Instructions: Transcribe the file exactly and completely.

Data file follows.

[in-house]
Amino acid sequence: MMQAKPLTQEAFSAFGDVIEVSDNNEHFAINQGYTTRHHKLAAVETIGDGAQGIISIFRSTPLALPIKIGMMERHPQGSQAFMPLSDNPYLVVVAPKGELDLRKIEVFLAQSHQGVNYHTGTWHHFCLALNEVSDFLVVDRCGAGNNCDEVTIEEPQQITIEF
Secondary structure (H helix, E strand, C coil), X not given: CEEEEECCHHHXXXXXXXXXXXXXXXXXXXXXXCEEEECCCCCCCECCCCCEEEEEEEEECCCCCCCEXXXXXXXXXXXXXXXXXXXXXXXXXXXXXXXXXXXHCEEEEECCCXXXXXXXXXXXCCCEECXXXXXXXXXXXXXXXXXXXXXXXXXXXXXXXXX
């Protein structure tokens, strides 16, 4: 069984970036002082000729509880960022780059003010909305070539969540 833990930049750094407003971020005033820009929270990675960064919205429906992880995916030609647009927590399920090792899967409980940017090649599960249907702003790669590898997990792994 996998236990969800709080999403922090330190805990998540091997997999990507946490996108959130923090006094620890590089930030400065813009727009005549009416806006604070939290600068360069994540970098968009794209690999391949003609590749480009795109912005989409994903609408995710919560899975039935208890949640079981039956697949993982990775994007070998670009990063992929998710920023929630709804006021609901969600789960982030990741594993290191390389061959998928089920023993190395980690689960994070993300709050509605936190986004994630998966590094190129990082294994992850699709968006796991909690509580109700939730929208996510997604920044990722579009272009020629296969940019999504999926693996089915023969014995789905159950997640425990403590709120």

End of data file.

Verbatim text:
[in-house]
Amino acid sequence: MMQAKPLTQEAFSAFGDVIEVSDNNEHFAINQGYTTRHHKLAAVETIGDGAQGIISIFRSTPLALPIKIGMMERHPQGSQAFMPLSDNPYLVVVAPKGELDLRKIEVFLAQSHQGVNYHTGTWHHFCLALNEVSDFLVVDRCGAGNNCDEVTIEEPQQITIEF
Secondary structure (H helix, E strand, C coil), X not given: CEEEEECCHHHXXXXXXXXXXXXXXXXXXXXXXCEEEECCCCCCCECCCCCEEEEEEEEECCCCCCCEXXXXXXXXXXXXXXXXXXXXXXXXXXXXXXXXXXXHCEEEEECCCXXXXXXXXXXXCCCEECXXXXXXXXXXXXXXXXXXXXXXXXXXXXXXXXX
């Protein structure tokens, strides 16, 4: 069984970036002082000729509880960022780059003010909305070539969540 833990930049750094407003971020005033820009929270990675960064919205429906992880995916030609647009927590399920090792899967409980940017090649599960249907702003790669590898997990792994 996998236990969800709080999403922090330190805990998540091997997999990507946490996108959130923090006094620890590089930030400065813009727009005549009416806006604070939290600068360069994540970098968009794209690999391949003609590749480009795109912005989409994903609408995710919560899975039935208890949640079981039956697949993982990775994007070998670009990063992929998710920023929630709804006021609901969600789960982030990741594993290191390389061959998928089920023993190395980690689960994070993300709050509605936190986004994630998966590094190129990082294994992850699709968006796991909690509580109700939730929208996510997604920044990722579009272009020629296969940019999504999926693996089915023969014995789905159950997640425990403590709120």